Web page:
The path eventually became clearer for me as I learned to ask the right questions: What was I most passionate about doing with my life? And how was I stopping myself from doing it? When I stuck to my path by focusing on these questions and looking for the answers, my life seemed to work. When I backslid, losing hope or succumbing to fear, moving forward toward the life I wanted became much more difficult. And as I started to share my story and the tools I’d created for myself out of desperation and a desire to change, I watched others put those tools to use and begin to rewrite their stories as well. That’s how the Five Steps to Jumpstart Your Life came into being.
You might not have thought about your life as a story until now. Stop for a moment and consider how the major events and relationships in your past have shaped you. Can you see how those events have influenced your present and can continue to influence your future? Like it or not, you have written a story about yourself based on a set of assumptions you’ve either come to on your own or been handed by others. Your story is the sum total of the beliefs you hold about yourself.
Maybe your story is satisfying and positive and there are only a few aspects of it you’d like to rewrite. Or maybe, like I did, you want to throw out the story you feel is perpetuating outmoded beliefs and values, and start from scratch: what kids on the playground would call a “do-over.” For many years, my story was one filled with pain and loneliness. Finally, I made a conscious decision that there was a lot more to me than that and I was willing make the necessary changes to rewrite my story to include greater portions of freedom, creativity, and passion. I still have my moments of pain and loneliness, but they no longer define my life.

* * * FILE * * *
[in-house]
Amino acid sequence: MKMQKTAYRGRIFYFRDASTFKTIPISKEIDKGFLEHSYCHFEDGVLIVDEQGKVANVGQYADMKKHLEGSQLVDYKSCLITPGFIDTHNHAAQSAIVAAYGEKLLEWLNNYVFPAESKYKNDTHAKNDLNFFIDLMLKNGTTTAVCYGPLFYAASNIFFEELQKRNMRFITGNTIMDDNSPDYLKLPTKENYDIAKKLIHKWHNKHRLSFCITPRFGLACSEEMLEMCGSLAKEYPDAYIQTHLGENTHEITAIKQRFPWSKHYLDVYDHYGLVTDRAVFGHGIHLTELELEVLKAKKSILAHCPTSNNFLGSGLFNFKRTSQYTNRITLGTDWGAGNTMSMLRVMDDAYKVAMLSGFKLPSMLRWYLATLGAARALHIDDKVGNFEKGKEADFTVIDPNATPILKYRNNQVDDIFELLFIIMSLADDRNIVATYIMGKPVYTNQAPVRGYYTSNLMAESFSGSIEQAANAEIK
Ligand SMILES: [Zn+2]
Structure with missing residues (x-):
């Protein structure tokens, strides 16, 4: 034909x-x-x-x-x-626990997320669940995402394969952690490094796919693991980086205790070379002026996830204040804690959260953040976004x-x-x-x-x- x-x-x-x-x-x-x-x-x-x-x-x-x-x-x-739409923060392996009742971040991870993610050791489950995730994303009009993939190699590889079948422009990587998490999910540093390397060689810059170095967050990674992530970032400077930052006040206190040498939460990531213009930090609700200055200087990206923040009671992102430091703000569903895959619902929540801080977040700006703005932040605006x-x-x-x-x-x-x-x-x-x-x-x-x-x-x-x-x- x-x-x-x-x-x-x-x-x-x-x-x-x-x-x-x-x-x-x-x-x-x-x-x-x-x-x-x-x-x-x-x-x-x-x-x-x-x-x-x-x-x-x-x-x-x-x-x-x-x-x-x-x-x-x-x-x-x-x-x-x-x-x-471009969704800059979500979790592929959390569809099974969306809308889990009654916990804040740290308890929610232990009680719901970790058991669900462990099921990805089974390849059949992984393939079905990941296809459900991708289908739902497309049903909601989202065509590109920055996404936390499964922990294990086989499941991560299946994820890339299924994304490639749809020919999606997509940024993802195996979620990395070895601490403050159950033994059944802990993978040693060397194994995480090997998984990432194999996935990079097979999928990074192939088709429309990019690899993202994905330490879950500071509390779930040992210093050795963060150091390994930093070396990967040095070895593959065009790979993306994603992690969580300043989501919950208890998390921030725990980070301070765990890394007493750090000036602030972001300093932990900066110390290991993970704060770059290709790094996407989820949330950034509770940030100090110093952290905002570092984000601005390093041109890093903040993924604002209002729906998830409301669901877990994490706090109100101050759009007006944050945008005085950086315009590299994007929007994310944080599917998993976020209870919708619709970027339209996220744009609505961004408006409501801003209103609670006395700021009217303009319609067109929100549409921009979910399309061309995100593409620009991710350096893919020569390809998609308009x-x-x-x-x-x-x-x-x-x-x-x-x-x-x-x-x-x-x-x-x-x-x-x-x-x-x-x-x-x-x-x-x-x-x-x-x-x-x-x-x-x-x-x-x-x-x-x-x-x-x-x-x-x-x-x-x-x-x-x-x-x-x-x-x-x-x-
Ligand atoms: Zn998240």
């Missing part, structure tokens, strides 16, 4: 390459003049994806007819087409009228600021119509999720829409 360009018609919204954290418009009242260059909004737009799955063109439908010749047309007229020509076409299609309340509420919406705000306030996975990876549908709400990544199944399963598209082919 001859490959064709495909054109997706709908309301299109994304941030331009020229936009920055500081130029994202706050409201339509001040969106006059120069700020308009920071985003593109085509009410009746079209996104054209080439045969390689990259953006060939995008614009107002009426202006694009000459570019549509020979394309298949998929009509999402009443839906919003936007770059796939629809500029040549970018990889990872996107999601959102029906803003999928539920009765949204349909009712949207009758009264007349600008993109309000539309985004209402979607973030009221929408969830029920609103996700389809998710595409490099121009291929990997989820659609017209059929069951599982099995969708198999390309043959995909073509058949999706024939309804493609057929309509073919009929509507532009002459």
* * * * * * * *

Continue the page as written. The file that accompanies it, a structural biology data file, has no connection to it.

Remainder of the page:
As we work through these tools together, I’ll provide you with concepts, broken down into written exercises and mental meditations, that embody the spirit of traveling hopefully and the process of jumpstarting your life. As you’ll clearly see, all Five Steps are inextricably interwoven, yet require separate explanation so that you firmly grasp the concepts involved before you combine them.
The Five Steps to Jumpstart Your Life
Step One: Dissect Your Past so You Can Direct Your Future
If you are living in denial about who you are and where you came from, it’s going to be difficult to assess your current status and make the necessary changes to rewrite your future. Maybe you’re the adult child of an alcoholic and have minimized your parent’s addiction. Your reluctance to see the situation as it is, or as it once was, doesn’t change those circumstances, it just makes it harder for you to figure out how they’ve shaped you and how you can begin to change. Or maybe you don’t consider your childhood especially traumatic, but you remember all too well the sting of the little slights and offenses and have begun to comprehend how even those minor wounds taken to heart over a lifetime have left their scars.
Step Two: Learn to Link Internal Clarity with External Action
The potent combination of internal clarity and external action will be the cornerstone of your transformation. The problem is most of us do one without the other. We develop a heightened sense of internal awareness, what you might call trusting your gut or following your intuition, but don’t act on it. Or just the opposite: Many of us are constantly on the go, but we haven’t taken the time for the internal homework, so we don’t really know where all that movement is supposed to take us. We’re in motion for the sake of motion, like my son’s pet mouse inside its little Plexiglas ball, just rolling around and bumping into the furniture. Once you learn to link internal clarity with external action, you’ll have the insight to know where you want to go and the action steps to get you there.
Step Three: Recruit a Support Squad